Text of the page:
“He neither begets nor is He begotten.” (Quran 112:3)
“…How can He have a child if He has no wife, and if He created everything?...” (Quran 6:101)
The Quran is here saying that the claim that God has children contradicts the facts (acknowledged by those who make this claim) that He is the Creator of everything, that He is self-sufficient, and that He has no spouse. Now if He is the creator of everything, this necessarily includes the one who is claimed to be His child. But if this is created by Him, it cannot be His child; it has to be one of His creations. One does not create one’s child; one begets it. If it is insisted that the child is actually begotten and not created by God, this will entail the following false consequences:
The begotten child must be of the same nature as its father, in which case God will not be unique or one.
God will not be the creator of everything.
God will have to have a spouse, who must of course be of the same nature as He is, otherwise they cannot beget anything.
But in that case the number of beings who are of the same nature as God will be raised to three.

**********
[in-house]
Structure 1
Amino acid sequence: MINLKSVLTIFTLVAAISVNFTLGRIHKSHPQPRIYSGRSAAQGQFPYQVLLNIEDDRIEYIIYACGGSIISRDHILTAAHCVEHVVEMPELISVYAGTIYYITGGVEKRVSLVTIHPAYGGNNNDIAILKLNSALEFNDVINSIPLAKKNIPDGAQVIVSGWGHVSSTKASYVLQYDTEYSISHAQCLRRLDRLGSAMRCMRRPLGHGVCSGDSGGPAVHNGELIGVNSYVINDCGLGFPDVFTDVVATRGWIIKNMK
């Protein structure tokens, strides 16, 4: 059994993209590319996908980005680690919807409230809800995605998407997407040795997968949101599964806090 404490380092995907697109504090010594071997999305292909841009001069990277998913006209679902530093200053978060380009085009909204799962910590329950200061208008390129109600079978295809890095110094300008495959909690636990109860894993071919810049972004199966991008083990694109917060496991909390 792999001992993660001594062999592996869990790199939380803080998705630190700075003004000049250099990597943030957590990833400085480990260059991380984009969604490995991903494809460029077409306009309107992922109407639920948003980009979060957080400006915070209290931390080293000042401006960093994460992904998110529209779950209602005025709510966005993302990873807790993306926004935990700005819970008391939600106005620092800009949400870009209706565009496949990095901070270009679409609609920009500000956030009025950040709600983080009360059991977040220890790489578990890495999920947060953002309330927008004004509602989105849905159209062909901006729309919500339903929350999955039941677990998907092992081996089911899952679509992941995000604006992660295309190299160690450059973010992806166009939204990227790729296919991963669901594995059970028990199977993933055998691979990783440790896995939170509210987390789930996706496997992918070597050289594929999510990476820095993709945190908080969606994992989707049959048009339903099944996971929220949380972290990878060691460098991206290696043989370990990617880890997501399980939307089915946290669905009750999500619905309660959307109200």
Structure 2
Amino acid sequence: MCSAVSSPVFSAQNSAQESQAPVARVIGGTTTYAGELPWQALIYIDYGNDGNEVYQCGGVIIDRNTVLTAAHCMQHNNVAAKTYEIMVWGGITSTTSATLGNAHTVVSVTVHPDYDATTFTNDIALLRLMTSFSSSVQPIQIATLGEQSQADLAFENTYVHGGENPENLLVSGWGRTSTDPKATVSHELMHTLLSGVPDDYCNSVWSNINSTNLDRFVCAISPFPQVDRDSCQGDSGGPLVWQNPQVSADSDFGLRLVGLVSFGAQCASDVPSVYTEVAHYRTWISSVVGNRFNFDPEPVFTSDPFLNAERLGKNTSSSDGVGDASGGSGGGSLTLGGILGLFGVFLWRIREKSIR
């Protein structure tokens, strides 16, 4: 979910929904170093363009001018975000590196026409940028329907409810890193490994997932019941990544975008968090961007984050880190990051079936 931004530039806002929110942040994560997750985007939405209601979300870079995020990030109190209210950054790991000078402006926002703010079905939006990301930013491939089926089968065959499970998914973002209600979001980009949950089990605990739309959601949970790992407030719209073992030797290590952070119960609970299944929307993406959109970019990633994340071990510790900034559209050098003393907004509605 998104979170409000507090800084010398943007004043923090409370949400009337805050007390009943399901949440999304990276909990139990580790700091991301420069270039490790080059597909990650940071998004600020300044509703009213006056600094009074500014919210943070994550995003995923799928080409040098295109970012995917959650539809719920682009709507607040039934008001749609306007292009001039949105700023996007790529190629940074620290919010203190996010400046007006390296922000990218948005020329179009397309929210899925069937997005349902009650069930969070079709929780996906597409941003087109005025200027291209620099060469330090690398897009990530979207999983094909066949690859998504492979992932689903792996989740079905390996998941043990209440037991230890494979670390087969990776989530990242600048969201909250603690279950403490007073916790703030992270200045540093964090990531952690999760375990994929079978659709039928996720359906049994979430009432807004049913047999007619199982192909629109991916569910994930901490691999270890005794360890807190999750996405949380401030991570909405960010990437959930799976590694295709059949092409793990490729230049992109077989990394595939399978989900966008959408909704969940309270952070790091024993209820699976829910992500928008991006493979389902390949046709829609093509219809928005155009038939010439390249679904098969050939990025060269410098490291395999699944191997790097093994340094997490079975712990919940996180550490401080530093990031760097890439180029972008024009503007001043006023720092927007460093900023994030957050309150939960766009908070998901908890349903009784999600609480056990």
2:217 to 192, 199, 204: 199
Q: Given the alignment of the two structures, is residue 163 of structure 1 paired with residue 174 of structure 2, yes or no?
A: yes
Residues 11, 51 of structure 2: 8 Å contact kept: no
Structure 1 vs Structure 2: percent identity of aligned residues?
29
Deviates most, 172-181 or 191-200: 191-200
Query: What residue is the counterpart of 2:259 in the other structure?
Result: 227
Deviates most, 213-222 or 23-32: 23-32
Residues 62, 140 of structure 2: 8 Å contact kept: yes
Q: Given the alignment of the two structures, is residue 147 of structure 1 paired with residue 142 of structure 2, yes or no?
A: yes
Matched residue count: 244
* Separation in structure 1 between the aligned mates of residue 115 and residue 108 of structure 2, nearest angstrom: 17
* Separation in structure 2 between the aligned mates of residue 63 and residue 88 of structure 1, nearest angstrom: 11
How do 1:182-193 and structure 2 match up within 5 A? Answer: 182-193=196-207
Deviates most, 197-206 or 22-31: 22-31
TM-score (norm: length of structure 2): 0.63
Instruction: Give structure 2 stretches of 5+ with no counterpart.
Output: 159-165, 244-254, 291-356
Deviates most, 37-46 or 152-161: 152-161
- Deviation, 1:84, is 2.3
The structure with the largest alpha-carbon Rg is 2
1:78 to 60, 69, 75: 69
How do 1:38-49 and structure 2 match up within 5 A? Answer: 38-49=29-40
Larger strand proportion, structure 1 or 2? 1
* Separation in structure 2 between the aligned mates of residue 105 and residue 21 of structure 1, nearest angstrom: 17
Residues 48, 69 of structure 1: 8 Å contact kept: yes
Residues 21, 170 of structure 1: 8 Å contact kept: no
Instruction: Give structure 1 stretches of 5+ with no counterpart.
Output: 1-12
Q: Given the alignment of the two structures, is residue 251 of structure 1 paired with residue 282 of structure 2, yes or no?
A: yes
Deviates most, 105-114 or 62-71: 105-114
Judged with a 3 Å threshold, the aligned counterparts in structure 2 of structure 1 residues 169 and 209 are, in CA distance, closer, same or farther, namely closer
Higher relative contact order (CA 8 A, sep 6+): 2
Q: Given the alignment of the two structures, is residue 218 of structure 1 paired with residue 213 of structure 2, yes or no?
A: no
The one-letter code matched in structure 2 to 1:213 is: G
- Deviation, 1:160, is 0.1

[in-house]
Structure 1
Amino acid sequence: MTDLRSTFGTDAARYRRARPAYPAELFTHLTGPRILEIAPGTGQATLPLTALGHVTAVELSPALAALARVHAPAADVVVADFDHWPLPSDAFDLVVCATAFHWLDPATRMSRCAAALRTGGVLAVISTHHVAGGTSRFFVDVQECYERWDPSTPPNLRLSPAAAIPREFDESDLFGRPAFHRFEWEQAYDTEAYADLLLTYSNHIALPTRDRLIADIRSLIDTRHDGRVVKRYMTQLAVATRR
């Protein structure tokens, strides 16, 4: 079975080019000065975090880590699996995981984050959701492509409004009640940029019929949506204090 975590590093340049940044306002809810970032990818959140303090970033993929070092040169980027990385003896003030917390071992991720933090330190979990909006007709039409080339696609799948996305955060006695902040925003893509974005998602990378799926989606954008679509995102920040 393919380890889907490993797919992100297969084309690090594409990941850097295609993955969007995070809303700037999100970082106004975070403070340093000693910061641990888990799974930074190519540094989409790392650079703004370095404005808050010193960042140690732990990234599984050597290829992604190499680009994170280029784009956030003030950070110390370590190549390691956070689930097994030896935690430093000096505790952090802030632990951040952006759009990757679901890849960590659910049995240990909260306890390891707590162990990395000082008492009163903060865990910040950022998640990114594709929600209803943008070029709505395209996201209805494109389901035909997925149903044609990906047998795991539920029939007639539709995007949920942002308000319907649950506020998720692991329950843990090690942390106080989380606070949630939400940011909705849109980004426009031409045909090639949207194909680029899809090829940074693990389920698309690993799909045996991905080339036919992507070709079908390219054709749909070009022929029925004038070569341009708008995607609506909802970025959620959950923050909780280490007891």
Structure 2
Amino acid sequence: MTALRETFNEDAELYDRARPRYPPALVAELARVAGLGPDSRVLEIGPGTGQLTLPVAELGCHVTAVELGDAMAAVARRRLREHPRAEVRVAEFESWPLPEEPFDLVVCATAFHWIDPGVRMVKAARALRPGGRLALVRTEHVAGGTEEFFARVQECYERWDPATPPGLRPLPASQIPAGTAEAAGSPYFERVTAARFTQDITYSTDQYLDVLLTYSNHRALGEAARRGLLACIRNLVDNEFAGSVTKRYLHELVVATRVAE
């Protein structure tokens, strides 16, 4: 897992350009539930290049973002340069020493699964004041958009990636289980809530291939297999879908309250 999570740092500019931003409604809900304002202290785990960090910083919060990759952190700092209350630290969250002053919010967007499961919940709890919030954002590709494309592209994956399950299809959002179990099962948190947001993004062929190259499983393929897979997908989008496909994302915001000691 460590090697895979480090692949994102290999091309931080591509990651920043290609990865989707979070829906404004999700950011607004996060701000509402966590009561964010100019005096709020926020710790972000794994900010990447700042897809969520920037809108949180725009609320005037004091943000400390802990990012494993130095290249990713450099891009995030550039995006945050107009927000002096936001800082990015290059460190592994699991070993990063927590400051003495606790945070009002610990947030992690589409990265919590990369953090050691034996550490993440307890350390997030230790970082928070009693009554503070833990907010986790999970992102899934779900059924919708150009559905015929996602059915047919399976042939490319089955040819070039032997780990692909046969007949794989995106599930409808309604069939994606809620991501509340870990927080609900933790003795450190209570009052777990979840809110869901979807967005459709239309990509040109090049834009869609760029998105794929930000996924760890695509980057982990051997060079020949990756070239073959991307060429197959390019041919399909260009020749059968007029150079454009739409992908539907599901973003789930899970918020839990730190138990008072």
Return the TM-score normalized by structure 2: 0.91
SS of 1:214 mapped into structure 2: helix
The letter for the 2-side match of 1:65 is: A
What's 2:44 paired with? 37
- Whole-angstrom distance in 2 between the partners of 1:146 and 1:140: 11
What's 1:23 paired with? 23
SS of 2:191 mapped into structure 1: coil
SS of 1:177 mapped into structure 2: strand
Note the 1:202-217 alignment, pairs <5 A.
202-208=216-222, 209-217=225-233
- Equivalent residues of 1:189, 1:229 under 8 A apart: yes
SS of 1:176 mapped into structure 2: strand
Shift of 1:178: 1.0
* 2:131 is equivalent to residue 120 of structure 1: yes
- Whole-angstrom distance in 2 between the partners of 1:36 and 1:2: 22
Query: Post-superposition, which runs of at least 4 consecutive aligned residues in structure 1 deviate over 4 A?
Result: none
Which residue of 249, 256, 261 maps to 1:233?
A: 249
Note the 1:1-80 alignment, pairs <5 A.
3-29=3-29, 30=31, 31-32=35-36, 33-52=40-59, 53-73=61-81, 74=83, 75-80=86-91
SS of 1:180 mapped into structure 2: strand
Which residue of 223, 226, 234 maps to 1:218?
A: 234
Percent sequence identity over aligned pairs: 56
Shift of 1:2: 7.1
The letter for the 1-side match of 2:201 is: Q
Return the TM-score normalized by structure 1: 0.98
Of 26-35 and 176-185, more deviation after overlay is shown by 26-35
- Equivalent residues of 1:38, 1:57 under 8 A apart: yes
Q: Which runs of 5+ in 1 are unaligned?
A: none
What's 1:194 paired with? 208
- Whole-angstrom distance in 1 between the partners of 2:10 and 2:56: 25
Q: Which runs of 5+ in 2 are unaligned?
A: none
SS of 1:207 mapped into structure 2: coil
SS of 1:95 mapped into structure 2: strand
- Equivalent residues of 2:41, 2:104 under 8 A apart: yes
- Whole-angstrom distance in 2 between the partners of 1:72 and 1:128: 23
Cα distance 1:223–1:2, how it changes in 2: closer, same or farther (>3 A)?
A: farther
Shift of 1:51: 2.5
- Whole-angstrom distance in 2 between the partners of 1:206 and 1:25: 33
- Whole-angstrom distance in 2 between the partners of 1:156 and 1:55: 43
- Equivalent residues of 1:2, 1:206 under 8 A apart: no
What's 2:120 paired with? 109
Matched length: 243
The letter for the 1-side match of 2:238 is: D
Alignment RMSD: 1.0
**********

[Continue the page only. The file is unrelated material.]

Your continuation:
If the child is begotten then it cannot be eternal, i.e. it cannot be of the same nature as the father.
It must therefore be temporal; but in that case it has to have a creator. But if the God who is its father cannot at the same time be its creator, then there must be its creator, then there must be another creator besides that God the father; but in that case, this other creator will be the one true creator because it was through his power that the first one was able to beget its son. This will raise the number of gods to four.
No wonder than that the Quran said about those who claimed that God has a child:
“You have indeed come with something most monstrous, of which the skies almost burst, the earth split asunder, and the mountains fall down in utter ruin. All this because of their attributing a child to God.” (Quran 19:89-91)